“A passionate defender of Israel and the Jewish community, Ken’s advice and his friendship will be missed,” RJC director Matt Brooks told the Jewish Telegraphic Agency.
After his first visit to Israel in 1959, Bialkin became a staunch advocate, benefactor, supporter and promoter of the Jewish state.
“I was touched by their isolation in Israel and at the enormity of the challenge they were facing and their valiance in building a state,” he once told Lifestyles magazine.
Recalling his formative year to Lifestyles magazine, Bialkin said that his grandparents were actively involved in raising money for Jewish causes. “My paternal grandfather was a secular man,” Bialkin recounts, “but he was deeply immersed in charity and always soliciting for what we then called Palestine.”
Bialkin told Lifestyles magazine that he vividly recalled the times he spent with his grandfather, who lived in Union City, New Jersey, and referred to them as “wonderful days.”
He also told the magazine that although his own family was kosher but not strictly observant, his maternal grandparents were. As a result, young Bialkin and his siblings and cousins would go to synagogue every Sabbath and then to his grandparents for lunch. In their home, too, he witnessed a spirit of charity, kindheartedness and love for the Jewish people as they were forever trying to raise money for rabbis and yeshivas.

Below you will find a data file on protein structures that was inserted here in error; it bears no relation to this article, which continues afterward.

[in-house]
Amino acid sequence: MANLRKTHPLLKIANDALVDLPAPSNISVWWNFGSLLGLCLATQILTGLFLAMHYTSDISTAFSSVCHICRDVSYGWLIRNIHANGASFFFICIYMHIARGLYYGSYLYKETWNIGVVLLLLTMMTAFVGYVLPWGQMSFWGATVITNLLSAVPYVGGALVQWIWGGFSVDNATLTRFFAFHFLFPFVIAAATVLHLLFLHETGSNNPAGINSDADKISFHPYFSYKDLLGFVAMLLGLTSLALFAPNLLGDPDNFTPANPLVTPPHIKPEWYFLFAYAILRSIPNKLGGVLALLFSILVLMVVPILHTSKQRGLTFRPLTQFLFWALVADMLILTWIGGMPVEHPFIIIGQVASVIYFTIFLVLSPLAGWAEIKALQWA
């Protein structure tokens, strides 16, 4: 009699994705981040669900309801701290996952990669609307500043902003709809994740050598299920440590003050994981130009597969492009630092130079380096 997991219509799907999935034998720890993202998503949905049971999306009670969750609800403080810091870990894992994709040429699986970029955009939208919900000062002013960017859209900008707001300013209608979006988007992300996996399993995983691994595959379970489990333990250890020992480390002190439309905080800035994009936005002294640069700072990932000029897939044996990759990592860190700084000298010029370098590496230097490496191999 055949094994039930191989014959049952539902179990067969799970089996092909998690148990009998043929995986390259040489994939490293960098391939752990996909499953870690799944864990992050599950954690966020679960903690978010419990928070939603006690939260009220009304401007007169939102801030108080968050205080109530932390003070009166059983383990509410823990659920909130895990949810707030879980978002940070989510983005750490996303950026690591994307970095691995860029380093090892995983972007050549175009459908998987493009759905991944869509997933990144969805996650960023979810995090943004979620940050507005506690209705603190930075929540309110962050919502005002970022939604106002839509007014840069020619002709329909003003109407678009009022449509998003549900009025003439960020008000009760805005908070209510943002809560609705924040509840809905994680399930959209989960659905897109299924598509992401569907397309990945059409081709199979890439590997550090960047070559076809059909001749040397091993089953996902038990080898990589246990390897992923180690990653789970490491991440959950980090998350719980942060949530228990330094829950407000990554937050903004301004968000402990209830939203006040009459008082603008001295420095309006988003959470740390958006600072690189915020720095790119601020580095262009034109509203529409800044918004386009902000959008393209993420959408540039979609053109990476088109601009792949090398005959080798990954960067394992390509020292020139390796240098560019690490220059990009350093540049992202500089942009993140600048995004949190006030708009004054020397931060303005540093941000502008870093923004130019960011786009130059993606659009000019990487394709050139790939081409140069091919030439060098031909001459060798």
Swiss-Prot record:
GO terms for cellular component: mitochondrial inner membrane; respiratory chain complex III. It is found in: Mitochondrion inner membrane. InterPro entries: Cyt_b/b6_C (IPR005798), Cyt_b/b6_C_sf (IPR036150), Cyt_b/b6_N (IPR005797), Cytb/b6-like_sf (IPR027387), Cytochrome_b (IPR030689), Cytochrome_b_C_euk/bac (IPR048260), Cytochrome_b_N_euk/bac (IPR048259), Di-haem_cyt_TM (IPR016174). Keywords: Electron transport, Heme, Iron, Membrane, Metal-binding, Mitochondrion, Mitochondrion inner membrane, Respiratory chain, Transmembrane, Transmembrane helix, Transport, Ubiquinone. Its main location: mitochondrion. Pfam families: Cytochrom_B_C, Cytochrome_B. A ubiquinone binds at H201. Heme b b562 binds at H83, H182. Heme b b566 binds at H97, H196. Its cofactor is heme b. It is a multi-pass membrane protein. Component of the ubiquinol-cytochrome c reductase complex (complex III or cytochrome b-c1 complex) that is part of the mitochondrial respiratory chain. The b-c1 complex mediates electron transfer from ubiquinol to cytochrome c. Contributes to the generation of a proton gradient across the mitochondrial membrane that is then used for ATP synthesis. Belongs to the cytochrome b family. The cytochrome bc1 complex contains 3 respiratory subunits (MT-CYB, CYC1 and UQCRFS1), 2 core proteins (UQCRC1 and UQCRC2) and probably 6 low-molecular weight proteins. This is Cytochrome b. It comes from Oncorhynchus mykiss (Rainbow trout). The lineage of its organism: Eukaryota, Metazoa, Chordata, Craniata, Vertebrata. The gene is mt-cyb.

Bialkin is survived by his wife, Ann, and two daughters, Lisa and Johanna.
Thousands packed the Park East Synagogue on East 67th Street in Manhattan on Monday morning, August 26th to send their final farewells to Kenneth Bialkin and to remember his outstanding legacy of communal participation, involvement and true leadership.
Among the throngs of notable guests were Henry Kissinger and former NYPD Commissioner Ray Kelly.
Bialkin was interred at the Jewish Center of the Hamptons’ Cemetery, Gates of the Grove (Shaarey Pardes) in East Hampton, NY
May Ken’s precious neshoma have an aliya in Gan Eden and may his memory always be for a blessing. He will be sorely missed by his beloved family, friends, community and the entire Jewish nation.